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Human Factors, Instrumentation & Controls
Improving task performance, system reliability, system and personnel safety, efficiency, and effectiveness are the division's main objectives. Its major areas of interest include task design, procedures, training, instrument and control layout and placement, stress control, anthropometrics, psychological input, and motivation.
2024 ANS Annual Conference
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Las Vegas, NV|The Mirage
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The Sodium Reactor Experiment
In February 1957, construction was completed on the Sodium Reactor Experiment (SRE), a sodium-cooled, graphite-moderated reactor with an output of 20 MWt. The design of theSRE had begun three years earlier in 1954, and construction started in April 1955. On April 25, 1957, the reactor reached criticality, and the SRE operated until February 1964.
Abdalla Abou-Jaoude, Yasir Arafat, Chandrakanth Bolisetti, Botros Hanna, Joshua Belvedere, James Blocker, Brandon Cooper, Shanda Harmon, Dan McCarthy
Nuclear Technology | Volume 209 | Number 11 | November 2023 | Pages 1697-1732
Regular Research Article | doi.org/10.1080/00295450.2023.2206779
Articles are hosted by Taylor and Francis Online.
Microreactors present promising opportunities to open new nuclear energy markets. However, it is expected that the economic competitiveness of this new class of reactors will hinge on potential cost reductions via mass production. It is therefore critical to begin assessing important considerations for the factory production of microreactors. An overview of the important aspects of the general layout of a microreactor factory, along with best practices to be incorporated early in the design process, is provided in this study. Then, a detailed use case is considered and modeled using a dedicated tool that can map workflows and activities within a factory. The end product is a 242 000 sq. ft. factory model that can ramp up production from 10 to 100 units per year.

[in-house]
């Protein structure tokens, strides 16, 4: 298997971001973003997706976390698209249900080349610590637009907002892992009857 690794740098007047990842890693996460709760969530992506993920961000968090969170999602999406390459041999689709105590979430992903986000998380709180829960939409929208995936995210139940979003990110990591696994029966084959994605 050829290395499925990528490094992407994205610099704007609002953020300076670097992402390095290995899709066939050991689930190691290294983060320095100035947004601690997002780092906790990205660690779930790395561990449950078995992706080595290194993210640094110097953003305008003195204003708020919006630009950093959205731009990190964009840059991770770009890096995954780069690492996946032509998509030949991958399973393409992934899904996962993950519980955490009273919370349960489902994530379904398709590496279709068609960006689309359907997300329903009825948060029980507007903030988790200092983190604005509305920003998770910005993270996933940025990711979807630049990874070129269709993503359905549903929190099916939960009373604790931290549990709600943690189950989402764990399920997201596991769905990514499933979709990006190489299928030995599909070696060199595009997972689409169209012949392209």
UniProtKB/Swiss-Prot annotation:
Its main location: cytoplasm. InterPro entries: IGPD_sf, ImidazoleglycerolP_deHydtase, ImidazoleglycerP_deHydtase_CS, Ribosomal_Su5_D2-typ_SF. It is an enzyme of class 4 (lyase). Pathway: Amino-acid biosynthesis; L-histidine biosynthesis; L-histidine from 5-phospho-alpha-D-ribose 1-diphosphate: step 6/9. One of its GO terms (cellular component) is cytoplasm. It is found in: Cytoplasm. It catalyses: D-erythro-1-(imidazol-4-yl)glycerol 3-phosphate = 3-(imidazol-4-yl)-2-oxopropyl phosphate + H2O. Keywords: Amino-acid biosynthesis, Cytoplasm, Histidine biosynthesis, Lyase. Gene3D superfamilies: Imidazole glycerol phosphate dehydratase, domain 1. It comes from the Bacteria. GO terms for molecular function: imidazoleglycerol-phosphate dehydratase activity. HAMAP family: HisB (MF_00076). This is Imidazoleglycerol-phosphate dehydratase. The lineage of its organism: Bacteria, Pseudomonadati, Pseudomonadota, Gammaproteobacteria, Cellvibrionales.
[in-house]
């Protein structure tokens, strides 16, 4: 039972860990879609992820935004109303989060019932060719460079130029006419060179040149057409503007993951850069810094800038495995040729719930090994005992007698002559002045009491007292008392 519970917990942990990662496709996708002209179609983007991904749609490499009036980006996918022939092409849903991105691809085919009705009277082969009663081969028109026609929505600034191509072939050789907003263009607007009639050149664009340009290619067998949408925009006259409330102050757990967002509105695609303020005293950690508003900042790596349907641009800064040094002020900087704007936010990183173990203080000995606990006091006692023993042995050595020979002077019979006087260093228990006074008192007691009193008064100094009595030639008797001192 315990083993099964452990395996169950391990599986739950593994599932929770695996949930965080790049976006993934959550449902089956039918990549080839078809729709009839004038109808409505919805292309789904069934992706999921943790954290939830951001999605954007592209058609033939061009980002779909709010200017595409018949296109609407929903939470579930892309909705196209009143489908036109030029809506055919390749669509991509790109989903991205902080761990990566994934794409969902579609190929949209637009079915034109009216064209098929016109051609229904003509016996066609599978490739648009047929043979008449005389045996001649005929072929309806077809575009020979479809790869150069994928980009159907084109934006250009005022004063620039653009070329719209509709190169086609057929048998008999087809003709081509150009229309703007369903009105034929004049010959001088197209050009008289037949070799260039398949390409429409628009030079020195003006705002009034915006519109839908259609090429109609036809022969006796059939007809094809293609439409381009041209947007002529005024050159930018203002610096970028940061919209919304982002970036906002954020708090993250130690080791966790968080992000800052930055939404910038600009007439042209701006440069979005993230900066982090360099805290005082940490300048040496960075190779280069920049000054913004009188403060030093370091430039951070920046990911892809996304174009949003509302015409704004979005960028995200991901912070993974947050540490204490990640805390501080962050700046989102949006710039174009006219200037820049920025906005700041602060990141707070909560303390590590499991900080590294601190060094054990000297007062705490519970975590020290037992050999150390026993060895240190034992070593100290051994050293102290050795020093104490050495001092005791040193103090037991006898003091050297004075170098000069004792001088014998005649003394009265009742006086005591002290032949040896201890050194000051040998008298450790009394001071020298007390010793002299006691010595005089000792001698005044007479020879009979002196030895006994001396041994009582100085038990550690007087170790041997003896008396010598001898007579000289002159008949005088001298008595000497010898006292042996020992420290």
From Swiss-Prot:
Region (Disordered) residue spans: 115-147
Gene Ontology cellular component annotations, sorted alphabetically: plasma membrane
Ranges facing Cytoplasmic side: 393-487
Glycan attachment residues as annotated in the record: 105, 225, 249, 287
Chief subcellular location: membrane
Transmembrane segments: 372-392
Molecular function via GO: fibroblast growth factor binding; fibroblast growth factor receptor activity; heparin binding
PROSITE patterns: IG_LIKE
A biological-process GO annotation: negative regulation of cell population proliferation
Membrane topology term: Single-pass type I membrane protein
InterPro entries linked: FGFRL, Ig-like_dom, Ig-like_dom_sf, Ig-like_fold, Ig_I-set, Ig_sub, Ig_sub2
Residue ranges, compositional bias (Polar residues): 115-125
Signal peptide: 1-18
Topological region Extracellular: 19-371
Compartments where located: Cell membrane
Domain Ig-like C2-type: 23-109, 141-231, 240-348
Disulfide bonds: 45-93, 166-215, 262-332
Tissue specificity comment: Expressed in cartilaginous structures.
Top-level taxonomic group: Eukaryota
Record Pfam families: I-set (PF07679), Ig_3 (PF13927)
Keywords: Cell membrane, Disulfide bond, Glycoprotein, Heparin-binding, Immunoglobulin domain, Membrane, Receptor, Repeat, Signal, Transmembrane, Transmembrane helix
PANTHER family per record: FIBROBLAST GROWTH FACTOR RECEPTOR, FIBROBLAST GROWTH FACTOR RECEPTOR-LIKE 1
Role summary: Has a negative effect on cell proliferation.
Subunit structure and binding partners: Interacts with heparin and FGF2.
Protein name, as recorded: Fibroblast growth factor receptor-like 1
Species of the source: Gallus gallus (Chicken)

Based on the activities and workflows needed, cost estimates for equipment and staffing needs are generated. These are expected to be first-order estimates, but would still provide guidance on the level of investment needed to reach mass production levels of microreactors. Furthermore, the potential cost reductions from scaling production are quantified. It was found that for a 100-unit factory throughput, reductions above 70% per unit cost relative to a prototype demonstration, could be observed for tasks conducted within a factory. These estimates focus solely on component fabricated at a factory and do not account for fuel costs nor any site activities. Because the analysis is design specific, not all findings are expected to be applicable across different microreactors (notably larger varieties), but it still provides a foundation establishing the basis for the mass production of these reactors.